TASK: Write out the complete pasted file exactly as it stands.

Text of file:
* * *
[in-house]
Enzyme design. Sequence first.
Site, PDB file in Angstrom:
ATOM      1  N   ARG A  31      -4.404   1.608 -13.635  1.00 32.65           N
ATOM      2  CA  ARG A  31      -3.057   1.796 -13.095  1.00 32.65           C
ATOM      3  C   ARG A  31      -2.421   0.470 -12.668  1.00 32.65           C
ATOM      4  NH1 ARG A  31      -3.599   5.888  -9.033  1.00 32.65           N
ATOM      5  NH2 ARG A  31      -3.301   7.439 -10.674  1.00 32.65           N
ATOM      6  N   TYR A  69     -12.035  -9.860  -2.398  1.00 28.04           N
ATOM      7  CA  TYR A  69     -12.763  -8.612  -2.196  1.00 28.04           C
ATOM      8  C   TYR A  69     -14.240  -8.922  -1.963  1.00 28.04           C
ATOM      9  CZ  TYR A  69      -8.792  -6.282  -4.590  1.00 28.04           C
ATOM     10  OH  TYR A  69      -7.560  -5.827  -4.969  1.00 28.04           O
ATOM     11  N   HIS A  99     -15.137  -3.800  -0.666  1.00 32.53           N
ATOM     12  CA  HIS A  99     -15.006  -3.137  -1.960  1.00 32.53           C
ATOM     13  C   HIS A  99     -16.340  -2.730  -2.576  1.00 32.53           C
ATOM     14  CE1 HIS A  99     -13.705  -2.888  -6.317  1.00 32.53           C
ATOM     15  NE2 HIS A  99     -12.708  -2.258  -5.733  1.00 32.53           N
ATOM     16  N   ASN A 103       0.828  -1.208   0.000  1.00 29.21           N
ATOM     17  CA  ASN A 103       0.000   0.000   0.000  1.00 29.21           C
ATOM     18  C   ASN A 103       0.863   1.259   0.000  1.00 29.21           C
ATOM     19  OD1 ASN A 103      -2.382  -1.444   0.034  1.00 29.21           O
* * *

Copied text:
[in-house]
Enzyme design. Sequence first.
Site, PDB file in Angstrom:
ATOM      1  N   ARG A  31      -4.404   1.608 -13.635  1.00 32.65           N
ATOM      2  CA  ARG A  31      -3.057   1.796 -13.095  1.00 32.65           C
ATOM      3  C   ARG A  31      -2.421   0.470 -12.668  1.00 32.65           C
ATOM      4  NH1 ARG A  31      -3.599   5.888  -9.033  1.00 32.65           N
ATOM      5  NH2 ARG A  31      -3.301   7.439 -10.674  1.00 32.65           N
ATOM      6  N   TYR A  69     -12.035  -9.860  -2.398  1.00 28.04           N
ATOM      7  CA  TYR A  69     -12.763  -8.612  -2.196  1.00 28.04           C
ATOM      8  C   TYR A  69     -14.240  -8.922  -1.963  1.00 28.04           C
ATOM      9  CZ  TYR A  69      -8.792  -6.282  -4.590  1.00 28.04           C
ATOM     10  OH  TYR A  69      -7.560  -5.827  -4.969  1.00 28.04           O
ATOM     11  N   HIS A  99     -15.137  -3.800  -0.666  1.00 32.53           N
ATOM     12  CA  HIS A  99     -15.006  -3.137  -1.960  1.00 32.53           C
ATOM     13  C   HIS A  99     -16.340  -2.730  -2.576  1.00 32.53           C
ATOM     14  CE1 HIS A  99     -13.705  -2.888  -6.317  1.00 32.53           C
ATOM     15  NE2 HIS A  99     -12.708  -2.258  -5.733  1.00 32.53           N
ATOM     16  N   ASN A 103       0.828  -1.208   0.000  1.00 29.21           N
ATOM     17  CA  ASN A 103       0.000   0.000   0.000  1.00 29.21           C
ATOM     18  C   ASN A 103       0.863   1.259   0.000  1.00 29.21           C
ATOM     19  OD1 ASN A 103      -2.382  -1.444   0.034  1.00 29.21           O